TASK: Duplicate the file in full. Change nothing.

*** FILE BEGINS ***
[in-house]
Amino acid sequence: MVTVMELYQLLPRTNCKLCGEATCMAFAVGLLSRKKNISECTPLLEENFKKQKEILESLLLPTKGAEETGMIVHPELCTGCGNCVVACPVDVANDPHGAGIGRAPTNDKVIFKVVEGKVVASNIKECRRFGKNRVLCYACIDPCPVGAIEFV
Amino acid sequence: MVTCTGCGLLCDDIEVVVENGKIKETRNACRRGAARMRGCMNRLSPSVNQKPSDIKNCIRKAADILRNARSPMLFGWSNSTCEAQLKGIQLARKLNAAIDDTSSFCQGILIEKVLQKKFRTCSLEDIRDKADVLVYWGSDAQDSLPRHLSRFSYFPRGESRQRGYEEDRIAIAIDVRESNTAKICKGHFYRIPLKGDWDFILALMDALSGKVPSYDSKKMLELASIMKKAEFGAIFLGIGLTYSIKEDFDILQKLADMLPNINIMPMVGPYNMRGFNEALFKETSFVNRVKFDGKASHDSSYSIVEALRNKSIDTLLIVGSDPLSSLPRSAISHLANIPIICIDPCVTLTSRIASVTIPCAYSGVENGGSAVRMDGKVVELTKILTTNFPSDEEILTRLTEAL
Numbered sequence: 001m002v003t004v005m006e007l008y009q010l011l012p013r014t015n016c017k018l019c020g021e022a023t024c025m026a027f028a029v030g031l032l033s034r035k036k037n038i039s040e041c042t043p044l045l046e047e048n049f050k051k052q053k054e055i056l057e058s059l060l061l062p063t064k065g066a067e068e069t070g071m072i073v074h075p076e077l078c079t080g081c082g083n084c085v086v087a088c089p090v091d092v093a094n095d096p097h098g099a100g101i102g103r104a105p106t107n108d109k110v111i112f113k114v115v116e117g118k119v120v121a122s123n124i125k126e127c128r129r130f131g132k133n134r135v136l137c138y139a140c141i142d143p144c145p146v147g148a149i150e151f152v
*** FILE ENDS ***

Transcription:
[in-house]
Amino acid sequence: MVTVMELYQLLPRTNCKLCGEATCMAFAVGLLSRKKNISECTPLLEENFKKQKEILESLLLPTKGAEETGMIVHPELCTGCGNCVVACPVDVANDPHGAGIGRAPTNDKVIFKVVEGKVVASNIKECRRFGKNRVLCYACIDPCPVGAIEFV
Amino acid sequence: MVTCTGCGLLCDDIEVVVENGKIKETRNACRRGAARMRGCMNRLSPSVNQKPSDIKNCIRKAADILRNARSPMLFGWSNSTCEAQLKGIQLARKLNAAIDDTSSFCQGILIEKVLQKKFRTCSLEDIRDKADVLVYWGSDAQDSLPRHLSRFSYFPRGESRQRGYEEDRIAIAIDVRESNTAKICKGHFYRIPLKGDWDFILALMDALSGKVPSYDSKKMLELASIMKKAEFGAIFLGIGLTYSIKEDFDILQKLADMLPNINIMPMVGPYNMRGFNEALFKETSFVNRVKFDGKASHDSSYSIVEALRNKSIDTLLIVGSDPLSSLPRSAISHLANIPIICIDPCVTLTSRIASVTIPCAYSGVENGGSAVRMDGKVVELTKILTTNFPSDEEILTRLTEAL
Numbered sequence: 001m002v003t004v005m006e007l008y009q010l011l012p013r014t015n016c017k018l019c020g021e022a023t024c025m026a027f028a029v030g031l032l033s034r035k036k037n038i039s040e041c042t043p044l045l046e047e048n049f050k051k052q053k054e055i056l057e058s059l060l061l062p063t064k065g066a067e068e069t070g071m072i073v074h075p076e077l078c079t080g081c082g083n084c085v086v087a088c089p090v091d092v093a094n095d096p097h098g099a100g101i102g103r104a105p106t107n108d109k110v111i112f113k114v115v116e117g118k119v120v121a122s123n124i125k126e127c128r129r130f131g132k133n134r135v136l137c138y139a140c141i142d143p144c145p146v147g148a149i150e151f152v